It’s fair to say that Twin Peaks changed the TV landscape forever. When it first debuted in 1990, television was staid and conventional. Storytelling was told in a linear fashion, everything was usually wrapped up by the episode’s end, and anything slightly arty or strange was frowned upon.
Then, along came a body wrapped in plastic floating on a river…
Twin Peaks changed everything. Without Twin Peaks, you’d have no The X Files, no Sopranos, no Buffy The Vampire Slayer, no Lost – in fact, arguably the whole ‘HBO/Showtime’ model of television wouldn’t exist. This was a world where FBI agents dreamed of red-curtained rooms where dancing dwarves talked backwards. Where a lady walked round carrying a log. Where eerie, dreamy music played while a dark undercurrent of murder and sexual abuse slowly came to the fore. A show which wasn’t afraid to be slow and languid, and wasn’t bothered about pushing the envelopes of what a censor may find acceptable.
Twin Peaks famously shone brightly but shortly – after the murder of Laura Palmer was solved, about 9 episodes into season 2, David Lynch and Mark Frost pretty much departed the show and a new creative team took over. The weirdness was still there, but in a very stylised way – this felt like someone trying to be David Lynch, rather than the man himself. There were sub-plots that went on and on: James Hurley’s affair with a married woman, Ben Horne becoming obsessed the Civil War, a teenage ‘black widow’, and Deputy Andy involved in a love triangle with Lucy the receptionist and a man named Dick.
Yet it was all worth it for the show’s final episode, probably the most surreal 50 minutes ever to be broadcast on television, in which Agent Cooper eventually entered The Black Lodge, had coffee with the backwards-talking dwarf, met the giant again, did battle with his own evil doppleganger and met up with the ghost of Laura Palmer who tells him “I’ll see you again in 25 years”. And, indeed she does, for the new season of Twin Peaks starts tonight in the USA: picking up just after 25 years.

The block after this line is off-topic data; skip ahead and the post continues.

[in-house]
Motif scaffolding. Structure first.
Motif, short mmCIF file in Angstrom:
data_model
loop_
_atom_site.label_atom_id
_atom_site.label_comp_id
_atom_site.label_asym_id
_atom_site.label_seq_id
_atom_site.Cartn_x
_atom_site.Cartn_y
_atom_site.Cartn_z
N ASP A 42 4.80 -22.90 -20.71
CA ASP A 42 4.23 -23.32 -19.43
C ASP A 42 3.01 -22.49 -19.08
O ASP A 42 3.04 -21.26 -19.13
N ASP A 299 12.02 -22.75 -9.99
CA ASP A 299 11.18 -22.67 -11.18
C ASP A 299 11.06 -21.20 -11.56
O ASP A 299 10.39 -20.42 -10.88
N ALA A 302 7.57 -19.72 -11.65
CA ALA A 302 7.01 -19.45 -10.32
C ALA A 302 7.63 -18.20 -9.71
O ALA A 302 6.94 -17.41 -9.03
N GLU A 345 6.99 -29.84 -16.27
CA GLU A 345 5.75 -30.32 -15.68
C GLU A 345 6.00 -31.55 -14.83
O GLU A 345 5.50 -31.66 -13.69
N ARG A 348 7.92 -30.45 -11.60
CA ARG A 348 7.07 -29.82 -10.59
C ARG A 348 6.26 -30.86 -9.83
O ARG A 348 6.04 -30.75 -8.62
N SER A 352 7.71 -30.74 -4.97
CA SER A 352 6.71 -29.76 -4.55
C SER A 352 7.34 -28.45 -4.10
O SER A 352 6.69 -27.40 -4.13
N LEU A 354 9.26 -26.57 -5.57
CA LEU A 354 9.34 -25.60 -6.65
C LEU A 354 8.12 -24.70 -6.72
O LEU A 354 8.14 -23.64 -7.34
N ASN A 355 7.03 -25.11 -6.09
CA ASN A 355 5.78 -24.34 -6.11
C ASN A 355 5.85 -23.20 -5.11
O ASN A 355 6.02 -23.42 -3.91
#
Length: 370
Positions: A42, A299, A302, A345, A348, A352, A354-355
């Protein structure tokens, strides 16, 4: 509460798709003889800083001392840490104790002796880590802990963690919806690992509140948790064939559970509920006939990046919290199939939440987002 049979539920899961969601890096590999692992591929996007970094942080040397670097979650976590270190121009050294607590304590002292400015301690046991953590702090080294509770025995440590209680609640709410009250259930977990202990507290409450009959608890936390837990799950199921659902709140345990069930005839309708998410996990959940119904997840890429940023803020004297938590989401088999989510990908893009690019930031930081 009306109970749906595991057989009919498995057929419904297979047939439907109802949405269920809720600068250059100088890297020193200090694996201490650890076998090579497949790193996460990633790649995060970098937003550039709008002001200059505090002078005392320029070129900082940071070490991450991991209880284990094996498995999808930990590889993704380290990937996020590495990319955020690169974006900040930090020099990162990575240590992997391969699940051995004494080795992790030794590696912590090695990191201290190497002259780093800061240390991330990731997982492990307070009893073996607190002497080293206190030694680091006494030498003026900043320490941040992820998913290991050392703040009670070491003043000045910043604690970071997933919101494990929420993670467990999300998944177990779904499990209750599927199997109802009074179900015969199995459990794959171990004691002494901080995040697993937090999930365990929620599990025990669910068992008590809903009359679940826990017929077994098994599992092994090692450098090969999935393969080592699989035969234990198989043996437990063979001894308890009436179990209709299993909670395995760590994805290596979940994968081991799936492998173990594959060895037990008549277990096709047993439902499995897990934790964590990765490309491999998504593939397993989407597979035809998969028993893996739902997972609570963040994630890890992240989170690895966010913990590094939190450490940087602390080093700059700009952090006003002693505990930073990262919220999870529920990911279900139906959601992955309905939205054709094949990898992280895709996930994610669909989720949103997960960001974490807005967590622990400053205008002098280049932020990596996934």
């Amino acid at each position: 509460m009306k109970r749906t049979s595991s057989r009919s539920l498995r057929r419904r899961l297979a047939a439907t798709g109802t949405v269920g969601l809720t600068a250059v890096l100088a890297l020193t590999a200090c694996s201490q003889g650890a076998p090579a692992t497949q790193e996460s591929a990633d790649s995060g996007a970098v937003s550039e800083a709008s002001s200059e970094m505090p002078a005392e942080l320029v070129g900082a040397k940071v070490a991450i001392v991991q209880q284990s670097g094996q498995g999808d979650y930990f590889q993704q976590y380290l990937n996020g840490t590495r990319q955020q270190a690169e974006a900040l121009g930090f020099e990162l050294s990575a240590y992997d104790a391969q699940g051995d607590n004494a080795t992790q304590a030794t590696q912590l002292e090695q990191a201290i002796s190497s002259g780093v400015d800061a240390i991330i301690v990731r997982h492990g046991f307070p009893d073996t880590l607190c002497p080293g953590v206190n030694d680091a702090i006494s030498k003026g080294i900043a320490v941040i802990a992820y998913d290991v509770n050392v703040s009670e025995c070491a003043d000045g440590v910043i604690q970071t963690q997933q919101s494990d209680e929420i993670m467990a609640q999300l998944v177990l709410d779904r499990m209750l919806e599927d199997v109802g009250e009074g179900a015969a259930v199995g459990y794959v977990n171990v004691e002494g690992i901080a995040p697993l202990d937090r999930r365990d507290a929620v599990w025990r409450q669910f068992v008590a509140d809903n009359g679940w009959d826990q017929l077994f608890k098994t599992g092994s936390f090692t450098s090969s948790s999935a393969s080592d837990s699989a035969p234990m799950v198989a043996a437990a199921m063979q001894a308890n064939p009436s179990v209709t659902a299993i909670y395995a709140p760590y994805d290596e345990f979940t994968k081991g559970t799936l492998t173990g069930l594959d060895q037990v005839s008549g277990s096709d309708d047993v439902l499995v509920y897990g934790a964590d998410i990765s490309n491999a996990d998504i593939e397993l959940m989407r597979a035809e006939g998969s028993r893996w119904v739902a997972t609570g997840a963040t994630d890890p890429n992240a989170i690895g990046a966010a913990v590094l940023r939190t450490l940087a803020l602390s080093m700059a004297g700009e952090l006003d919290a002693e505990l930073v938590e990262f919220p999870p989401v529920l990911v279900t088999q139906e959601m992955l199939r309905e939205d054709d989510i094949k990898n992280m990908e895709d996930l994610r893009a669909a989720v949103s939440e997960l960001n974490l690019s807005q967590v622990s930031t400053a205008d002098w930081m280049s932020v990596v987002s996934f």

I can’t embed videos on this version of WordPress, but here’s a YouTube link of that very scene: https://www.youtube.com/watch?v=BL57-9171pk
Impressively, absolutely no information has leaked out about the new season. There’s been a couple of blurry on-set photos, and two trailers (which give very little away). There was even a premiere of the first 2 episodes in front of an audience in Los Angeles on Friday night and nobody has so much sent a tweet about it. There’s been no screeners sent to the press, which means the vast majority of people will re-enter Twin Peaks at the same time on Sunday night.
- What’s happened to Cooper?
The last scene of the second season of Twin Peaks was famously Agent Cooper, possessed by the spirit of Killer BOB, grinning manically and asking “How’s Annie?” (referring to his girlfriend, who he’d gone into the Black Lodge to save). It was an absolute gut-punch to end the show and one of the most unsettling scenes ever broadcast: the personification of good had turned into the personification of evil. Would Cooper start killing people now he was possessed by Bob? What happened to the good Cooper (still stuck in the Lodge, according to a scene in Fire Walk With Me)? Has he been there for 25 years? Will he get out?
- It’s going to be weird